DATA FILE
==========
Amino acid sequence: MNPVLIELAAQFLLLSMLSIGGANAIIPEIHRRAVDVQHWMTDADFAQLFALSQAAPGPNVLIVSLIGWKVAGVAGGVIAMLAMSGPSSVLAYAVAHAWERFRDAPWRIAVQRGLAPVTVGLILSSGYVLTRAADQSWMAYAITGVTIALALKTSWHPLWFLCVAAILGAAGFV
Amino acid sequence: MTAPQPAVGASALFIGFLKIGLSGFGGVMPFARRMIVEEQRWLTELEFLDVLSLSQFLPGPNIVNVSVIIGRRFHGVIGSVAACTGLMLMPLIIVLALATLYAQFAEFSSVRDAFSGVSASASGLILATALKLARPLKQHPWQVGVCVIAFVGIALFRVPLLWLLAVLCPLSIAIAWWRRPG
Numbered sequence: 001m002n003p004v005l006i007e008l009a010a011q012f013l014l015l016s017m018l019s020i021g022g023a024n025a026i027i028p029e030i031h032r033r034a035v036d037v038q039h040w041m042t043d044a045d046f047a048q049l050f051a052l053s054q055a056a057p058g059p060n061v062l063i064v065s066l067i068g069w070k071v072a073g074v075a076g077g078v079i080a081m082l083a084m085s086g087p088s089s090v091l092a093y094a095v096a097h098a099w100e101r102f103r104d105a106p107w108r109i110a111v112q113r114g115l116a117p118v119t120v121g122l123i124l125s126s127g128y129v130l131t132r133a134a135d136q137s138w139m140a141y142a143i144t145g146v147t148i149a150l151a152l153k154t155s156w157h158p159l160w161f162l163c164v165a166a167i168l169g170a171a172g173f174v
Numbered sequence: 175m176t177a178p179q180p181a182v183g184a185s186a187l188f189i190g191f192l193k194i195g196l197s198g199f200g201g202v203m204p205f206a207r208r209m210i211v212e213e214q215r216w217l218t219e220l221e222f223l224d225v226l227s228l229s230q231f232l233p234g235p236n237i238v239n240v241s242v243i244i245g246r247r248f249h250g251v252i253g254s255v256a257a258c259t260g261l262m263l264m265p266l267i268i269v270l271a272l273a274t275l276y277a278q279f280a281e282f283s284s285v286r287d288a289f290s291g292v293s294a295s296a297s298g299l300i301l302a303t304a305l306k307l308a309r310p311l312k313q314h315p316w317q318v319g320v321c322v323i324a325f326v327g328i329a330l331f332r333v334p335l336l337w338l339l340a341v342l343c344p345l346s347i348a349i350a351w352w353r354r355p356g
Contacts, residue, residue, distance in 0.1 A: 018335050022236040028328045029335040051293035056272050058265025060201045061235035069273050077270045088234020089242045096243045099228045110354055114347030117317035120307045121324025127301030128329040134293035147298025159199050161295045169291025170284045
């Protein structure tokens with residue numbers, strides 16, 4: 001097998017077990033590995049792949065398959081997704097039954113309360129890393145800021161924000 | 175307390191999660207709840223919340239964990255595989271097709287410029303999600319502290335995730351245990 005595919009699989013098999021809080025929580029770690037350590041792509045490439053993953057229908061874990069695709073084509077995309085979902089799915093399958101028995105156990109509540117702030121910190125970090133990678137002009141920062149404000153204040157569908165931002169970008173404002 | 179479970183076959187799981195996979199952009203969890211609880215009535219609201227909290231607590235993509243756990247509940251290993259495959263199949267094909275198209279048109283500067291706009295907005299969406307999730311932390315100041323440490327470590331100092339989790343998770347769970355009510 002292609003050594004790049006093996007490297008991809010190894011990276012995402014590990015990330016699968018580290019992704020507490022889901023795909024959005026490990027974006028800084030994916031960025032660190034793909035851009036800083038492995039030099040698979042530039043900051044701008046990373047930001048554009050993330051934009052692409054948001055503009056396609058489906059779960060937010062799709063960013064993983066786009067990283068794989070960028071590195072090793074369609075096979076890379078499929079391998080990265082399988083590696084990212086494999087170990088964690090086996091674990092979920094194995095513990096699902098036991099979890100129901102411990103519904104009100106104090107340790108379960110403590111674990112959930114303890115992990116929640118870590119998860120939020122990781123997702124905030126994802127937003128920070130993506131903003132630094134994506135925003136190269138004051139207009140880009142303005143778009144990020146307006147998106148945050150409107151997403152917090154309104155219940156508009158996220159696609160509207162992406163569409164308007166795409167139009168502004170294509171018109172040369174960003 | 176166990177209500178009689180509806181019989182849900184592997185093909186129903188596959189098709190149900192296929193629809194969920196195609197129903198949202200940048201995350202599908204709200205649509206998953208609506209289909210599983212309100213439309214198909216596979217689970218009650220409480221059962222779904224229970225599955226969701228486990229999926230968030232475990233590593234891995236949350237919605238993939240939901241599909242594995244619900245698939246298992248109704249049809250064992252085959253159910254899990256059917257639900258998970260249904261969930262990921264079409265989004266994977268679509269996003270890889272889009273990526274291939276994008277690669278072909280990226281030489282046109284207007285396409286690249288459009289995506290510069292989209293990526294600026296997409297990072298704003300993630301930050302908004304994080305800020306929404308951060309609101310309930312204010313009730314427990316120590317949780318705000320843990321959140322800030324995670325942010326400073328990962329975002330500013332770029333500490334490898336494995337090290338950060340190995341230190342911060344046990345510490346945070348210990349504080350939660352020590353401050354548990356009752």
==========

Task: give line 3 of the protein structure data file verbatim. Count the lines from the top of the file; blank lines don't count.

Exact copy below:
Numbered sequence: 001m002n003p004v005l006i007e008l009a010a011q012f013l014l015l016s017m018l019s020i021g022g023a024n025a026i027i028p029e030i031h032r033r034a035v036d037v038q039h040w041m042t043d044a045d046f047a048q049l050f051a052l053s054q055a056a057p058g059p060n061v062l063i064v065s066l067i068g069w070k071v072a073g074v075a076g077g078v079i080a081m082l083a084m085s086g087p088s089s090v091l092a093y094a095v096a097h098a099w100e101r102f103r104d105a106p107w108r109i110a111v112q113r114g115l116a117p118v119t120v121g122l123i124l125s126s127g128y129v130l131t132r133a134a135d136q137s138w139m140a141y142a143i144t145g146v147t148i149a150l151a152l153k154t155s156w157h158p159l160w161f162l163c164v165a166a167i168l169g170a171a172g173f174v